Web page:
I’ve been chronicling my project with my wife on this blog. I’m going to write a sonnet series about the creation of California. I’m trying to tell the story of water in California, what really made it what it is. Ann’s a visual artist, so she’s going to do the graphic art work for it.
I have been getting reports and hearing references to something happening in Northern California on the Eel River. The Eel is the river that flows through the Avenue of the Giants, which is a drive full of coastal redwood trees. The Return of the Jedi was filmed in part in that area. If you’ve seen that movie, you know how lush that forest is.
What I’ve been hearing has been so dramatic, it’s been hard for me to believe, but apparently, the Eel River has stopped flowing. In parts, it has completely dried up.
I haven’t viewed this project with my wife as a political action in any way so far, but this news makes me want to do so. The problem has to do with our dry winter in part, and the strangeness of our laws to a large extent.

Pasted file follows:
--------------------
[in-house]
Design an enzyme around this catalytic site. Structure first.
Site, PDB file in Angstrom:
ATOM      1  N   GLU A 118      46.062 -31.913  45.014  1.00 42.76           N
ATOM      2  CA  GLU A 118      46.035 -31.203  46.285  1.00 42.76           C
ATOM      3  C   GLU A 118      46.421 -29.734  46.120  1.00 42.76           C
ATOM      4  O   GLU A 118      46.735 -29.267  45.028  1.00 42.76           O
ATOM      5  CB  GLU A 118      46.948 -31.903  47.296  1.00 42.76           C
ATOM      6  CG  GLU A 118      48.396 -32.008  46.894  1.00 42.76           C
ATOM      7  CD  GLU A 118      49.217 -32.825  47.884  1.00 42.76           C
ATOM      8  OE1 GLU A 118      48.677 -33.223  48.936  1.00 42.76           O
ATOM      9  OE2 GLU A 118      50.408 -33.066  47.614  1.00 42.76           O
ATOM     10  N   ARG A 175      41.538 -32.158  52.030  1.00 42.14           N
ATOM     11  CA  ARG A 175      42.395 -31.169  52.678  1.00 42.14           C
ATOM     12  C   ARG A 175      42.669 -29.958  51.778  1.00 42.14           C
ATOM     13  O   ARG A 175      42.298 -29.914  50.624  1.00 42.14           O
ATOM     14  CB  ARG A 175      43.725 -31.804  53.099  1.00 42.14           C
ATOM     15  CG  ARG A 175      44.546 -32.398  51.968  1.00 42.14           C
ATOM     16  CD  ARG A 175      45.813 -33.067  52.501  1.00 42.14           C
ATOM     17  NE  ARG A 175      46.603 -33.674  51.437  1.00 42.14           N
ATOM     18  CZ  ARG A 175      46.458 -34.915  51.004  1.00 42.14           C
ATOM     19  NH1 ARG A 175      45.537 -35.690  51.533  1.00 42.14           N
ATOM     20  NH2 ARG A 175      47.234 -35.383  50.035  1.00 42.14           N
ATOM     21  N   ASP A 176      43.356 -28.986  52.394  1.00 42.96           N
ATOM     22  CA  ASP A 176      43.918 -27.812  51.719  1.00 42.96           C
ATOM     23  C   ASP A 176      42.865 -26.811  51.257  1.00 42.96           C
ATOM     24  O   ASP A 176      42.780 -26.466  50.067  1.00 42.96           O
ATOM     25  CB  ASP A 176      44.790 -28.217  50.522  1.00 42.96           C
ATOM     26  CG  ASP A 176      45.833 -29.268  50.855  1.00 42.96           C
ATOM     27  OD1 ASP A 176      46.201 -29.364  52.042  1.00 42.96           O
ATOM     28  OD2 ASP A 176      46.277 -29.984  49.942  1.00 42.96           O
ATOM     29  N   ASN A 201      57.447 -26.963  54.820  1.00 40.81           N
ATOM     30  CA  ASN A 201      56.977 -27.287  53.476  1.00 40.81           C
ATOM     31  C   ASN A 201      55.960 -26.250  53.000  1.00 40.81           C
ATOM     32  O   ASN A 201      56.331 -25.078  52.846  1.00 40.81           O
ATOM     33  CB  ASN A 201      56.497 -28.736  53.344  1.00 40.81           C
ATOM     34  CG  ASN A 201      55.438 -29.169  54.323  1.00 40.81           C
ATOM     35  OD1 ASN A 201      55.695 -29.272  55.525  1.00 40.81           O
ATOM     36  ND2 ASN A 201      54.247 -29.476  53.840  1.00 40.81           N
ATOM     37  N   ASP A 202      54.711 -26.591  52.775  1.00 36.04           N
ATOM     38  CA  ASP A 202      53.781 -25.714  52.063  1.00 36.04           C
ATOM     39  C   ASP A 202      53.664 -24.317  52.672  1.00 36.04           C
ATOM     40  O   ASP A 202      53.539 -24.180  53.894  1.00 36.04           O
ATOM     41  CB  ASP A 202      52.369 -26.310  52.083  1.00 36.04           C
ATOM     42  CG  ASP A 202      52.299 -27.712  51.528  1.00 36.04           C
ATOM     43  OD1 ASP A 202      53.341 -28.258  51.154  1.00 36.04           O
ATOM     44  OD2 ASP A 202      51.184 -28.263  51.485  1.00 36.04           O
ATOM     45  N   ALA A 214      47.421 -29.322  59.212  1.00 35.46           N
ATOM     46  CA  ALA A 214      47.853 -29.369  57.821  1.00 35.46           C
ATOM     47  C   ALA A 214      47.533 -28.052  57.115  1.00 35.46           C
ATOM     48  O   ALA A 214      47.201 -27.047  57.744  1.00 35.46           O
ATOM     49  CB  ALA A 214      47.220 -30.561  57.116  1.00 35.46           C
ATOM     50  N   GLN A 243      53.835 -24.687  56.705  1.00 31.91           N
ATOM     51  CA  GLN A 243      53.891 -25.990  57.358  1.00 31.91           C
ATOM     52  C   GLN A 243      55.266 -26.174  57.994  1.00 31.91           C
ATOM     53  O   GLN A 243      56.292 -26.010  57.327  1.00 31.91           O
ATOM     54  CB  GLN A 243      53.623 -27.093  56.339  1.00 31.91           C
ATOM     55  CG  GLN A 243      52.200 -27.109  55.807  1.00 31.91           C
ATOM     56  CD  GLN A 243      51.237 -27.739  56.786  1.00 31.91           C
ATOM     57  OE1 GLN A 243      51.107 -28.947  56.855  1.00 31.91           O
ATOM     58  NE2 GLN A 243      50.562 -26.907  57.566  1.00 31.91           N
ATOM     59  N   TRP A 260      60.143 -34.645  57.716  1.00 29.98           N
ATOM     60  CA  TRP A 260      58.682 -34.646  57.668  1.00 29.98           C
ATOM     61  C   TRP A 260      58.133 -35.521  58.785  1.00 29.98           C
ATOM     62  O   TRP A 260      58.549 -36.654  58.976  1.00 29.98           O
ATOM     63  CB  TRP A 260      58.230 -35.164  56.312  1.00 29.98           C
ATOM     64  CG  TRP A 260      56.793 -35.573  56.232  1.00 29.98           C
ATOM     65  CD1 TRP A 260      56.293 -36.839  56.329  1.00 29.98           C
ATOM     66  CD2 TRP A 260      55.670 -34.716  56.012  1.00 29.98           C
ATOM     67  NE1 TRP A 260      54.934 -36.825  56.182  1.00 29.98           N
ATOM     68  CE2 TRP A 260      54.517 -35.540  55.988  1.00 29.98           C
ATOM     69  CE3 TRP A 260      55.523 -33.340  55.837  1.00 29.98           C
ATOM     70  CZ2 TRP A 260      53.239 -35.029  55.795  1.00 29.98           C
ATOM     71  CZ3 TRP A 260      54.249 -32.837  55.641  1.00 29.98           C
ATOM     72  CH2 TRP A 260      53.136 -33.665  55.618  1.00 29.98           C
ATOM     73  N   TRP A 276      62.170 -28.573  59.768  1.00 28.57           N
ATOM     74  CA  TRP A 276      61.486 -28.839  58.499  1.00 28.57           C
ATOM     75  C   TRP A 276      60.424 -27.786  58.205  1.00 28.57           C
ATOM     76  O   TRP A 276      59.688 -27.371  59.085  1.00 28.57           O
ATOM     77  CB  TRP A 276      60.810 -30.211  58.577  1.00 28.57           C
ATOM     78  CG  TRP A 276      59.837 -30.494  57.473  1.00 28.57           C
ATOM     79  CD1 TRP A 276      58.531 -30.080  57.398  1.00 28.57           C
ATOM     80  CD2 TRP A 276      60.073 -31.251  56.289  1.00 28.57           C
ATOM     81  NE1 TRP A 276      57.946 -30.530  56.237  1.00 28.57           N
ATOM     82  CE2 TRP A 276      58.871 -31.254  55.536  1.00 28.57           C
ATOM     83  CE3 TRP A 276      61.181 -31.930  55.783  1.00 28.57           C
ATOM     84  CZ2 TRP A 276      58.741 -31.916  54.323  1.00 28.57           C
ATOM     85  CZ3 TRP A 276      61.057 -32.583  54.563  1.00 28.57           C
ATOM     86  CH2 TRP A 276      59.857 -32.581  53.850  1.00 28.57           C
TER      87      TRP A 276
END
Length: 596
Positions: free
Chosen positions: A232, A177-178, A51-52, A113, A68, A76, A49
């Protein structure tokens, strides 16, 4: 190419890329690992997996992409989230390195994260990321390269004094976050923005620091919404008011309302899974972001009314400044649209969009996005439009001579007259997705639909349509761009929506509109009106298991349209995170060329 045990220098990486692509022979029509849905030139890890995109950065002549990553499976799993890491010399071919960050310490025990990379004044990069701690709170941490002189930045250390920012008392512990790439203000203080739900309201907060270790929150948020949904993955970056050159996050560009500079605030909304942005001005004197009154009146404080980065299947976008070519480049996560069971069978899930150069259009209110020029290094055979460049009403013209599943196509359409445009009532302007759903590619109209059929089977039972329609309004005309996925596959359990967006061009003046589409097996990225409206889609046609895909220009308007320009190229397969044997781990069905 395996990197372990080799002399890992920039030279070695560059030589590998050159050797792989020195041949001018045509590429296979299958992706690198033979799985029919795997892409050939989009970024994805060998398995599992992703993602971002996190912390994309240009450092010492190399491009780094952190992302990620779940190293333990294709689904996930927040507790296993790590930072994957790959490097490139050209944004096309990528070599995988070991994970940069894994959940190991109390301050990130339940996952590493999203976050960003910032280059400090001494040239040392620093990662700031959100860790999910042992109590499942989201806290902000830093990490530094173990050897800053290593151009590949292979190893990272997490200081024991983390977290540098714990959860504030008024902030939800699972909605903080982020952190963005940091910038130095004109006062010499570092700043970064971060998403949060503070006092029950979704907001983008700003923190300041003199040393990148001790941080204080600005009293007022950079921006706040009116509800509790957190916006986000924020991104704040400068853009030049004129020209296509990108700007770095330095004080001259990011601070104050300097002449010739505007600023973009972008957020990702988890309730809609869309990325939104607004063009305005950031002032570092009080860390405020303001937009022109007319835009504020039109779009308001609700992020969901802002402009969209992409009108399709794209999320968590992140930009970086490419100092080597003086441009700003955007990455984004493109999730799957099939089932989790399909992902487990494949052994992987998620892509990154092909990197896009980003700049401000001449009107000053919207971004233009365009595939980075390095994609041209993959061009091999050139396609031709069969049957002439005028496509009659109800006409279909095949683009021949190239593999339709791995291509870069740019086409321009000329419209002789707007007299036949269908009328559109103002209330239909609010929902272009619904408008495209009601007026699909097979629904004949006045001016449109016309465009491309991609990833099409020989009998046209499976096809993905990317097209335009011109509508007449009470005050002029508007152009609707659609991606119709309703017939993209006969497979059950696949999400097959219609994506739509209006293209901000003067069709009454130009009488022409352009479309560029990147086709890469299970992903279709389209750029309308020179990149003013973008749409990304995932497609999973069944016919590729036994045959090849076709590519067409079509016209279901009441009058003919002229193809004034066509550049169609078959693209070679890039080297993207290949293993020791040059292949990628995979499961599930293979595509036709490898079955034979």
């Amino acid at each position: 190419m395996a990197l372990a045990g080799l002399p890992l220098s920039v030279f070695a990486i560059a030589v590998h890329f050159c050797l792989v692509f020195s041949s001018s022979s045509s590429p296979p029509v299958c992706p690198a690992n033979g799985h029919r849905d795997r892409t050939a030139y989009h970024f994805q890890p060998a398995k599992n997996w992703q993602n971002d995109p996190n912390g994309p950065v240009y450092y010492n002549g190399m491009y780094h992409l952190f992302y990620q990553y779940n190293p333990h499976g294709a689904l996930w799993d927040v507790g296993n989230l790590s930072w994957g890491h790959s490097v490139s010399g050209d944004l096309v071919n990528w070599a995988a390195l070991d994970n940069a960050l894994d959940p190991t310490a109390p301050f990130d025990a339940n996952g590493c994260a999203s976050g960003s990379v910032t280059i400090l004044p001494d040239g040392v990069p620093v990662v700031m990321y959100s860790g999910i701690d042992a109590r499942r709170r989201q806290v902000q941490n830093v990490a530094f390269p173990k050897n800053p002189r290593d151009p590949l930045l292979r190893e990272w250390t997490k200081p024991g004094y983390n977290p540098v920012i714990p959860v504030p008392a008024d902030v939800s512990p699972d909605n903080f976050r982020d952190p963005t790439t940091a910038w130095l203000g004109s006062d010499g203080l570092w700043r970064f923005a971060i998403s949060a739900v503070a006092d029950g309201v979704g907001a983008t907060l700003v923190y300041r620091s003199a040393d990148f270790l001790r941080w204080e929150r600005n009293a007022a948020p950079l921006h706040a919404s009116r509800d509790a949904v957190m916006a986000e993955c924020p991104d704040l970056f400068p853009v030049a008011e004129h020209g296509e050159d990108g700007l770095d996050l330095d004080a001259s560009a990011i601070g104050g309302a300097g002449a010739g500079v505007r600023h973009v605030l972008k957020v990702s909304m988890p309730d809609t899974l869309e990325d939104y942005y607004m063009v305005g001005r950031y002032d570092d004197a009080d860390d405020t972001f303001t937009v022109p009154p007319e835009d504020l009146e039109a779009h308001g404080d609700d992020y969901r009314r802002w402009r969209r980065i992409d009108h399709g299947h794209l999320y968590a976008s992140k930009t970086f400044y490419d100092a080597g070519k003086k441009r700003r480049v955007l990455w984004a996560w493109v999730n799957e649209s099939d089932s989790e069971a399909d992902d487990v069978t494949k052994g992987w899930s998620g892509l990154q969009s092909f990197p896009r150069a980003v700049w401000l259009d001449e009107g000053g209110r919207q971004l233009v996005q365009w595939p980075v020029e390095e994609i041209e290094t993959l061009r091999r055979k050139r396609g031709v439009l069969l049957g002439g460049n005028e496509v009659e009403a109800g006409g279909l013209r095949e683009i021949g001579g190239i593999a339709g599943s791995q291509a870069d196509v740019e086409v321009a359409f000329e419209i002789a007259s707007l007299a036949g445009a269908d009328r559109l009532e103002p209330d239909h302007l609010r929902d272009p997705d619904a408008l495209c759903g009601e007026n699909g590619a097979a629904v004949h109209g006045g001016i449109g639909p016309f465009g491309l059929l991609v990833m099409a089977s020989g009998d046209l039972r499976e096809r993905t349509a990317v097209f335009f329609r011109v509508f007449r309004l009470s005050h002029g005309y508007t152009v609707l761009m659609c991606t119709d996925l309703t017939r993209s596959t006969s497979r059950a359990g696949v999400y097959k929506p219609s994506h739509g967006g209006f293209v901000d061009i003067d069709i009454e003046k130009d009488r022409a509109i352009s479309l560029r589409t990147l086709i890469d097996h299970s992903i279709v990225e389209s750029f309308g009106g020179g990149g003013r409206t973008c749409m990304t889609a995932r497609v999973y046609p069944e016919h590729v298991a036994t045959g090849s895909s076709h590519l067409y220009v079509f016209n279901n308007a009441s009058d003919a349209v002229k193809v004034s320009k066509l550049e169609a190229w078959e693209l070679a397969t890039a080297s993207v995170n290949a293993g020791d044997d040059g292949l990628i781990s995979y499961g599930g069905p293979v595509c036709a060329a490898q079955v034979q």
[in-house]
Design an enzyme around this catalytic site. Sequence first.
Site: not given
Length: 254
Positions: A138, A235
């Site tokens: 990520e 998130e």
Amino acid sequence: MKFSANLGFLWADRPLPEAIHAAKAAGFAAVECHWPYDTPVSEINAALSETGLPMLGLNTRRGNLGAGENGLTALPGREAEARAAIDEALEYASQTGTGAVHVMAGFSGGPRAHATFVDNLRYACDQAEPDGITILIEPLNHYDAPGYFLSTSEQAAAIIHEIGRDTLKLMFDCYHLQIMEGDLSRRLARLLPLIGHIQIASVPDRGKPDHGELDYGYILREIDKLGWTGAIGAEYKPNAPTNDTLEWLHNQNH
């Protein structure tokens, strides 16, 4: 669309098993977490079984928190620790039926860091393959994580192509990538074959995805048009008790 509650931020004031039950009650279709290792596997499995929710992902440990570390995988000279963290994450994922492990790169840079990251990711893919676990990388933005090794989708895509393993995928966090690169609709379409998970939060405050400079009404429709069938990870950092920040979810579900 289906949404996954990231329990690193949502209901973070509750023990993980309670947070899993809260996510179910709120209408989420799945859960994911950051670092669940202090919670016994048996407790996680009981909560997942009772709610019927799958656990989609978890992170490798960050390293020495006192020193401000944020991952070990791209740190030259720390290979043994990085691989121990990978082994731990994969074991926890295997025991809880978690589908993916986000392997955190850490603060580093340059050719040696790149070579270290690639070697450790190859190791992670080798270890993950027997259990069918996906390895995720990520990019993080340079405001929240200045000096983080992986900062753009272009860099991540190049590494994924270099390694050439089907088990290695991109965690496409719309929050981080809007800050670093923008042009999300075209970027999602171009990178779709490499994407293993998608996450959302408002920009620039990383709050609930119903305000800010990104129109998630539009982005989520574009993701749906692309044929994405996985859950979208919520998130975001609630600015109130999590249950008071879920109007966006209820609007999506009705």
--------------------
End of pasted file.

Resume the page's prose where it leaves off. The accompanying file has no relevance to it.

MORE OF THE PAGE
I live outside of Los Angeles, which is far to the south of the state. In Los Angeles there is little flowing water and a lot of what we use is imported from the south and the north. Each city and town around Los Angeles to some extent makes its own laws about water use, and as arid as it is, some promote using water wise alternatives.
However, some cities want to maintain a particular look, and require lawns. Some cities will fine their home owners if their lawns are not green enough. When we think of water battles and destruction we think of the Owens Valley which dried up nearly 100 years ago because William Mulholland diverted all of its water to Los Angeles. We think of Mono Lake and the battles fought over it 40 years ago.
But the story of water in Los Angeles isn’t just history. It’s going on now, but it’s happening silently.
There is a natural component to what is happening, but there is a political one as well. I’m not really a political writer, but this makes me want to be. Los Angeles is farming hundreds of miles of lawns while small farmers do without, and our rivers are drying.
Follow the link if you like to Tom Sebourn’s video of the Eel River. It’s horrifying.